The Future of Liberty's Town Plan

LIBERTY, September 26, 2004 - In the settlement of the American West the concept of the frontier of civilization is considered the major factor. What is little realized is that town planning often preceded the arrival of new settlers and many towns were well developed when they came. Nowhere is this truer than in Texas. It was already a frontier of another nation, Mexico.

Mexico as a newly independent country from the Spanish colonial empire pursued a policy of town development in the Southwestern region of what is now the United States. Their efforts laid the foundations for some of the modern cities in Texas including San Antonio, Laredo, Nacogdoches, San Marcos, Victoria, Refugio, Bastrop, Milam, San Patricio, Matagorda, Gonzales and Liberty.

To attract settlers to Texas, Mexico in 1825 began a program of large-scale land grants to "impresarios", who received twenty-three thousand acres for every one hundred families they brought with them. The colonization laws specified that each grant was to include a town to be planned under the direction of a commissioner. Jose Francisco Madero served in that role for platting the city of Liberty.

Francisco Madero arrived in present day Liberty County on the afternoon of January 25, 1831 with the authority of the Mexican Government to issue land titles. Soon after his arrival a place of local government needed to be established and two sites were contemplated, one at Moss Bluff and the other the town of Liberty, then Smith's Plantation.

After careful consideration Smith's Plantation was selected at the site for the center of local government for this area and was named Liberty after a town in Mississippi where many local settlers had immigrated from.

According to land use guidelines at the time, Liberty was mapped with streets running north to south and east to west. From the map above you can still see that several blocks of land in Liberty are still used for the same purpose as they were originally planned for, such as the Courthouse Square, the Jail and the church square where the Immaculate Conception Church sits today.

The block occupied today by the Liberty City Hall was planned as a public plaza or park and was much latter appropriated as a site for the present City Hall. The Park Theater, now the home of the Liberty Opry on the Square, derives its name from what was once a park across the street.

Known today simply as the Laws of the Indies, the land use guidelines of that day, required a plaza, "streets well laid out and straight, running parallel north and south, and east and west," and sites reserved for "a church, municipal building, a market square, a jail, school and a burial ground."

Under the terms of these laws, each municipality received a generous tract of four square leagues or nearly eighteen thousand acres. The streets and town lots occupied only a small portion of this land much of which was expected to be used for farming and ranching. Town life and agriculture in Mexican Texas developed simultaneously with the arrival of new settlers just as it had under the earlier authority of Spain.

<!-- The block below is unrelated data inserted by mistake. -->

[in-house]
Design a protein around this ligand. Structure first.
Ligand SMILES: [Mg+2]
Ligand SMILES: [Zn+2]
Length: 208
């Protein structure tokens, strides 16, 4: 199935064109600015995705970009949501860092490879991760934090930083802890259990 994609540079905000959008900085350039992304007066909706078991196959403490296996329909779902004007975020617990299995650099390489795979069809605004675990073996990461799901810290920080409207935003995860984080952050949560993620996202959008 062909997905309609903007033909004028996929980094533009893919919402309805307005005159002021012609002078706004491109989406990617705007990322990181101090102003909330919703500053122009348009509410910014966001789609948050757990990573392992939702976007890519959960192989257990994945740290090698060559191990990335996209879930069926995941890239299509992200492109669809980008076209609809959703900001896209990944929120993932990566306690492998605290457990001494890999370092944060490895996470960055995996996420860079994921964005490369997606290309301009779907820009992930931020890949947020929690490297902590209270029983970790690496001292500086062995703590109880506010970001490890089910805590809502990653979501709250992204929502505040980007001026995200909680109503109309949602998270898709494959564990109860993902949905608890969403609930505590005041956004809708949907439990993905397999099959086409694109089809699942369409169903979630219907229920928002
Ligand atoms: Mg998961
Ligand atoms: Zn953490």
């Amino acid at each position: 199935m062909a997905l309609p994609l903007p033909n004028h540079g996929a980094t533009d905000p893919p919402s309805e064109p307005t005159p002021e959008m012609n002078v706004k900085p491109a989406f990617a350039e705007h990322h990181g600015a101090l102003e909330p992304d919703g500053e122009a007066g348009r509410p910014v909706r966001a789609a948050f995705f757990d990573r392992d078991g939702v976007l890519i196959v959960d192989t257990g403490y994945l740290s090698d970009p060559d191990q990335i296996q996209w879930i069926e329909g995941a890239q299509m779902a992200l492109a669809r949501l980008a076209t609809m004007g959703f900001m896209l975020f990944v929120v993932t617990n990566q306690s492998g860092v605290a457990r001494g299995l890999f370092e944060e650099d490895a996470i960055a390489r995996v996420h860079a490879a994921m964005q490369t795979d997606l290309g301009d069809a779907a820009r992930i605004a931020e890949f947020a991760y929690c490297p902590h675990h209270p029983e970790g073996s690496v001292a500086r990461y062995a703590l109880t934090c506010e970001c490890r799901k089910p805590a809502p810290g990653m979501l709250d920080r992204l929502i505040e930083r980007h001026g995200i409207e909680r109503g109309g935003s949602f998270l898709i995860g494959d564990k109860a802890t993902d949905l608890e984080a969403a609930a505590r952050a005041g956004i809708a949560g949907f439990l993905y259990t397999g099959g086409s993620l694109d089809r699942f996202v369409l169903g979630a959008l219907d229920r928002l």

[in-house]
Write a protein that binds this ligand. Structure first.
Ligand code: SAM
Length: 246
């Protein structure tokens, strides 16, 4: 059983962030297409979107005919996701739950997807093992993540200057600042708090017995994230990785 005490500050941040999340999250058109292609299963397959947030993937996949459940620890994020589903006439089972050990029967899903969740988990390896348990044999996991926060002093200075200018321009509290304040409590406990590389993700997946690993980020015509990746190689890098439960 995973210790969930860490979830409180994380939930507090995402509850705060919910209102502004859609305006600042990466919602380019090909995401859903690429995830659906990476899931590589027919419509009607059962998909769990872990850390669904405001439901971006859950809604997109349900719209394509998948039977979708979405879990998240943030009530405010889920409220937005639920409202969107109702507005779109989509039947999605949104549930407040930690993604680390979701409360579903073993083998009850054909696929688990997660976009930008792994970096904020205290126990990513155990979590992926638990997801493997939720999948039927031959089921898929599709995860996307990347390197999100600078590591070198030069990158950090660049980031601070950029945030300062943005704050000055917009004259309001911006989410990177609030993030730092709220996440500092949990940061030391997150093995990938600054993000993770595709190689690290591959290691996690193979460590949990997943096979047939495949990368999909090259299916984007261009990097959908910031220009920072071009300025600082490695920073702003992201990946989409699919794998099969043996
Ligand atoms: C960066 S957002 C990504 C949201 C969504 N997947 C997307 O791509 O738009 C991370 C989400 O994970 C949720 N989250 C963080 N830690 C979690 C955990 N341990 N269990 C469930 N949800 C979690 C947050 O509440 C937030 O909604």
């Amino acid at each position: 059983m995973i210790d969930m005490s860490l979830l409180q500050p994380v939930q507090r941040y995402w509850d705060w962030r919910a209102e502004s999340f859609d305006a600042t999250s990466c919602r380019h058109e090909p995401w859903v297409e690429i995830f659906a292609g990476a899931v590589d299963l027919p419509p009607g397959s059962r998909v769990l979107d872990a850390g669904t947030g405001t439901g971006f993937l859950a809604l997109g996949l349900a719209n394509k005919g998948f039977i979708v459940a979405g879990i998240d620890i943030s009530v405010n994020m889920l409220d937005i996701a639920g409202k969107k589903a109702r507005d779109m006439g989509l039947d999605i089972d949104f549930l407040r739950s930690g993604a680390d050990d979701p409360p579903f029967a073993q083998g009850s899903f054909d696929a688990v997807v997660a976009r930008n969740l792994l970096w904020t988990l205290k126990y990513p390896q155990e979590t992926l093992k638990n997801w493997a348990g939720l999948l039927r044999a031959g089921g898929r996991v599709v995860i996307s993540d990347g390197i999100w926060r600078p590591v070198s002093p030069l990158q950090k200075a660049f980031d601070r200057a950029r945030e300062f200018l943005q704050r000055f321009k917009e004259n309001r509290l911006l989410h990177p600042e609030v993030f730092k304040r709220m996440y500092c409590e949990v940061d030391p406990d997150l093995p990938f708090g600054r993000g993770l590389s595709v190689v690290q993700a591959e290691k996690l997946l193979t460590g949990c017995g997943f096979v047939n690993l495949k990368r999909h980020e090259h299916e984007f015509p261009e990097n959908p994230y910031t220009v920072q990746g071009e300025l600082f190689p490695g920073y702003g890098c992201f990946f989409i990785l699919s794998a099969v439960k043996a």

One of the most interesting of the designs and one that basically follows the same plan that was later used for Liberty, is Gonzales. It had five open squares arranged in a cruciform pattern at the center of a grid consisting of forty-nine square blocks formed by streets fifty-five feet in width. Sites were provided for the plaza, jail, government building, church, market, cemetery and a military parade ground.

The exception for Liberty is that no military parade ground was platted and neither, to the surprise of many local historians, was a cemetery. Why this deviation, or oversight from the strict requirements of the Law of the Indies occurred remains a mystery. The Catholic cemetery is within the original forty-nine square blocks of the Liberty town site, but the City Cemetery predates it and the Bishop was required to purchase a burial ground from a private owner at a later date for the use of the local parish members who wished to be buried in consecrated soil.

In each planned development by the Spanish and Mexican authorities the central plaza was the feature around which the rest of the city radiated outward physically, emotionally, and culturally. The plaza was regarded then, and to some extent even today in Hispanic societies, as almost a sacred space where a much more relaxed attitude toward every aspect of life was accepted. Remnants of this are found also in Anglo culture with the most famous being Hyde Park Corner in London where all manner of speakers harangue audiences with wide ranging views. Closer to Liberty, Houston has a public plaza in front of its city hall that was given to the citizens by George Hermann that restricted what the authorities could regulate. The most well known of these regulations was that a homeless person could sleep there undisturbed.

With plans for constructing a new City Hall in Liberty some wonder why the new building must be constructed on the present site which was intended and plated for use as a plaza or public park back in 1831?

Others wonder why building a new City Hall is being considered at this time when the citizens of Liberty face much more pressing problems such as high unemployment and a lack of business and economic activity.

Other‚s wonder what beneficial economic impact a new city hall would have on the city and whether it would contribute anything toward helping solve our community‚s current difficulties.

Some wonder why we are spending scarce resources on a new city hall that could better be spent addressing more pressing issues.

Liberty, Liberty County, and the Atascosito District by Miriam Partlow
The Liberty County Historical Commission

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